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StevenGEmsley

New factions for Renaissance?

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Hi all

My Renaissance Hammer Horror campaign wound to a close last year after about 6 years of play.

I miss it.

Been running something similar for a new group, but with OSR D&D-type rules, but it's not the same.

SO, I'm thinking of getting all Renaissanc-ified again, but something less Hammer-time.  Now in my original game, factions took a back burner (similar to how they were handled in Dark Streets 2nd), but I'd like them to come to the fore in a more Elizabethan/Jacobean setting.

So in the core we have Catholics, Puritans and Satanists.  Check.

In Clockwork & Chivalry we have Laudians (which is an easy fix for both Church of England and Lutherans, the difference being that CofE recognise the monarch as head of the church and Lutherans...well...don't.  Do they?

We also have Anabaptists who were present in Europe around the turn of the 17th Century.

What about Judaism?  Islam? 

Or the non-religious factions?  We have the Invisible College in Clockwork & Chivalry, which gives the alchemists something to belong to. What about the Rosicrucians?  Or the Freemasons?

Are there any write-ups outside the core books (Renaissance/Clockwork & Chivalry/Clockwork & Cthulhu) of any other historically-appropriate factions?  Online fan-work would be fine.

Or if I do them myself, is here an appropriate place to host them?

Cheers!

 

Edited by StevenGEmsley
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A shameless plug, perhaps...The Heydelberg Horror offers a number of new political and religious factions for Renaissance set on the continent in the year 1610, to wit:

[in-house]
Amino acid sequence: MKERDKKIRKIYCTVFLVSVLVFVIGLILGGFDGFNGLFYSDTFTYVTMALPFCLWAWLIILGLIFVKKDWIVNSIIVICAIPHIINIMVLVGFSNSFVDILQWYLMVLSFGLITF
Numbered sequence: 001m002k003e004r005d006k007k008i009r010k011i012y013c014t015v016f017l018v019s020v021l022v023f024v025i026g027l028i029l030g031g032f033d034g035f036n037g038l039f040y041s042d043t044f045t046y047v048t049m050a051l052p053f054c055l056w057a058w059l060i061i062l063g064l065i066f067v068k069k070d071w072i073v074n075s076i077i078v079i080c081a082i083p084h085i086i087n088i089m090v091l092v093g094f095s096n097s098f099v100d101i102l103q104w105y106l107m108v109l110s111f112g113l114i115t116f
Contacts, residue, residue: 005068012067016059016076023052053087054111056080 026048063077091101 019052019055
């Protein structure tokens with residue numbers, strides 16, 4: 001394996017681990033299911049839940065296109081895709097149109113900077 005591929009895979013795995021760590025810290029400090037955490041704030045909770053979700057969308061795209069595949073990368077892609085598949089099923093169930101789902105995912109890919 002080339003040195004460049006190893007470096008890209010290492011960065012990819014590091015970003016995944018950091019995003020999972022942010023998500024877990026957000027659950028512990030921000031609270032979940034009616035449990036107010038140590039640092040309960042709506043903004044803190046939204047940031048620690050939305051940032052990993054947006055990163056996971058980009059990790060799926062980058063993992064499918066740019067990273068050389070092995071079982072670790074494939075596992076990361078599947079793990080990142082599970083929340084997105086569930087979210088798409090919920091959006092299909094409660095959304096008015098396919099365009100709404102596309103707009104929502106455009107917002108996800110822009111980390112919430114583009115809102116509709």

Political

The Karolinum, Prague University

The Protestant Union

The Habsburg Empire

The Spanish Empire

The Bourbons

The Dutch Republic

Republic of Venice

Grand Duchy of Tuscany

The Stuarts

The Papal States

The Catholic League

The Rosicrucians

The Jews

Secret Cthulhu Cults

The Society of Jesus

Opus Dei

Religious

Catholic

Lutheran

Reformed

Judaism(Kabbalah)

Rosicrucian(The Two Lights)

Cults 

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Bought (along with the sequel) and this is exactly what I was looking for. I even had 1610 in mind for the campaign year!

So Renaissance Deluxe, these factions and my old copy of A Mighty Fortress for AD&D and that's my 17th Century Europe sandbox campaign!

Many, many thanks..

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You are welcome, certainly!  If you have any questions, please let me know and I would, of course, be interested to hear more of your early 17th century campaign as it takes shape.

Edited by Julich1610
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Steven, frankly the fate of the third installment is in question at the moment.  I will let you know more when I do.  Perhaps you will let me know your opinion of the first two books.  I would be interested to know.  Thanks!

 

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So I've read through the Heydelberg Horror and skimmed the Köln Machinations.

As you know, I came for the factions, and they don't disappoint. The idea to include the 'provenance' of the tenets of the faith is inspired and will give the illusion of veracity to religious debates as players quote the Heydelberg Catechism or the Tridentine Creed to support their arguments. I love little details like these, though they can be ignored if preferred. Also good to see political factions shown as loyalty to royal houses, such as the Stuarts or the Bourbons. Very in keeping with the period.

Now honestly, I intended to leave it there.  My first Call of Cthulhu game was back in around '83 or '84 and I've been adding the Mythos into my games ever since, so am a little burned out on it, if I'm honest.